A good I-Message typically has three components (see Leader Effectiveness Training by Thomas Gordon): a non-blameful description of the behavior, a statement of the concrete and tangible effects, and your feeling (emotion). Easy peasy! Right? Sure! But, not so fast! There are quite a number of “conditions” that may influence the success of your I-Message. A few of them follow along with some sage advice on how to mitigate the risks and enhance your chances of successful outcomes.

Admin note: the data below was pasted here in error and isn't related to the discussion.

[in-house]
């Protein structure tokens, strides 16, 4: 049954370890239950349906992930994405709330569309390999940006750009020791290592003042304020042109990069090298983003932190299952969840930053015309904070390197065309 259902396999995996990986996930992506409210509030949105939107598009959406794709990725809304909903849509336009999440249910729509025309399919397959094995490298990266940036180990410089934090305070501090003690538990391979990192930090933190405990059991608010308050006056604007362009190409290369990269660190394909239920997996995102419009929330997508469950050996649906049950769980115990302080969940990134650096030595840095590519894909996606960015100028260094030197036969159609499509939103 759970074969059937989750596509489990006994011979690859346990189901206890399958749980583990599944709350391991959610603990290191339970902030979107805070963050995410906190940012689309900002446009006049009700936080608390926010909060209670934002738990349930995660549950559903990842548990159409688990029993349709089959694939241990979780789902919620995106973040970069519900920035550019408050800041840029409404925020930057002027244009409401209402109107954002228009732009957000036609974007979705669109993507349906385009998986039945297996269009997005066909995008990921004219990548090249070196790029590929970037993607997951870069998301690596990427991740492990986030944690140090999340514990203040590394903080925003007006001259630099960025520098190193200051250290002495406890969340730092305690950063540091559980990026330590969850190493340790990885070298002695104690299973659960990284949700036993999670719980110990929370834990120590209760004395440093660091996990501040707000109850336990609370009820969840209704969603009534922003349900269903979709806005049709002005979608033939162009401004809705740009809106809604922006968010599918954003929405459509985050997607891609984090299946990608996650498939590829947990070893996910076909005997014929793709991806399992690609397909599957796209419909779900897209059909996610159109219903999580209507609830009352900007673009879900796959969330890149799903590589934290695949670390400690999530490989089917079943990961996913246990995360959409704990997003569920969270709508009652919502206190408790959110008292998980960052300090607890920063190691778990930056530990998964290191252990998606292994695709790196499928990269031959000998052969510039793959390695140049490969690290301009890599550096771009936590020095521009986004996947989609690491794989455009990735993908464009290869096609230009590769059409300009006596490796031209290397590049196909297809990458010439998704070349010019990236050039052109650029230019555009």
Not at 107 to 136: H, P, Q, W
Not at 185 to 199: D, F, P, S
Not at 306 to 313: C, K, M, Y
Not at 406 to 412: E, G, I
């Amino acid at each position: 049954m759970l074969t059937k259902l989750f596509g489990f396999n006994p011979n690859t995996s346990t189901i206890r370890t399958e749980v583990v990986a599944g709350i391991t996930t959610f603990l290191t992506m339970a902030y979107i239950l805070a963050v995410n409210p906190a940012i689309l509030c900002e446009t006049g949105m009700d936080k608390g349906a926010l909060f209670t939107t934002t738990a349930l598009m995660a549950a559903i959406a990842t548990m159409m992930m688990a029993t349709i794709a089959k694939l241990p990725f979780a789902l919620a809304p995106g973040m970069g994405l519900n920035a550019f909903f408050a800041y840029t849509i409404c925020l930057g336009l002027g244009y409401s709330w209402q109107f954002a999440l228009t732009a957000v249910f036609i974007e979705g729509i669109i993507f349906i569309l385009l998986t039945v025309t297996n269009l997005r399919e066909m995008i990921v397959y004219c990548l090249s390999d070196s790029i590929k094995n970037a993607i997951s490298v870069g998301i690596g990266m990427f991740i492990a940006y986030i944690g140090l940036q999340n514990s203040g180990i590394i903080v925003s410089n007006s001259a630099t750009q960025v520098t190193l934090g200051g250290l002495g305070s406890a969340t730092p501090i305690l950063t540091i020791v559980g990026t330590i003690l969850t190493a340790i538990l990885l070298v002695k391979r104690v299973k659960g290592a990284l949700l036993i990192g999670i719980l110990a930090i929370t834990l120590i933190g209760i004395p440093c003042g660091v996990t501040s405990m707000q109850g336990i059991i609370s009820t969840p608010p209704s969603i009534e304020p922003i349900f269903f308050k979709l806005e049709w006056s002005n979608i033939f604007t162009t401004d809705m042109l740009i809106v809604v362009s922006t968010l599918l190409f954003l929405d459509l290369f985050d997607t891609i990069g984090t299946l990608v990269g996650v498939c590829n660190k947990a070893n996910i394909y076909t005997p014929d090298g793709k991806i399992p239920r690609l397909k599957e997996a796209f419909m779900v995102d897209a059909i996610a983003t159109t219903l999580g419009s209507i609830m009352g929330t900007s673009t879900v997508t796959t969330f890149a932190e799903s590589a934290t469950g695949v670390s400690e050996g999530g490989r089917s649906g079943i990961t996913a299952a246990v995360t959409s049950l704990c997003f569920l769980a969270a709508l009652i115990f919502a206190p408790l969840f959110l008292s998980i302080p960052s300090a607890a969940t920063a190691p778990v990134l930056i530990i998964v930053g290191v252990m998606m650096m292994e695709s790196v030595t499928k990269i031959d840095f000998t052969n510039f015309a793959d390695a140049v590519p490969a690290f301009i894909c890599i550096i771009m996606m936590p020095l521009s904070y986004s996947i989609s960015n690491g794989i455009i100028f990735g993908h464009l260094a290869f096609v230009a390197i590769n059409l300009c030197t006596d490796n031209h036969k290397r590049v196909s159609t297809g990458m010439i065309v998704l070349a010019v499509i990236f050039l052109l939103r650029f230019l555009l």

Don’t…Precede your I-Message with several hundred you-messages. Let’s say your spouse forgot to pick up the kids after school. The school called you at work to tell you that you are being charged $200.00 (per hour) for making them take care of your kids when they should have been able to close up and go home. If it happens again, they will expel them. So, you leave work early even though you have an important presentation to prepare for. Your boss is really upset. When your spouse finally gets home (two hours later), you say, “You irresponsible, thoughtless, self-centered, jerk. Don’t you ever think about anyone but yourself? And here’s your stupid I-Message. You promised to pick up the kids today but didn’t. I had to leave work early and will have to spend the evening preparing for my presentation. I am really frustrated and angry.” Chances are your spouse won’t even hear the I-Message part. He or she is probably cowering under the bed by now.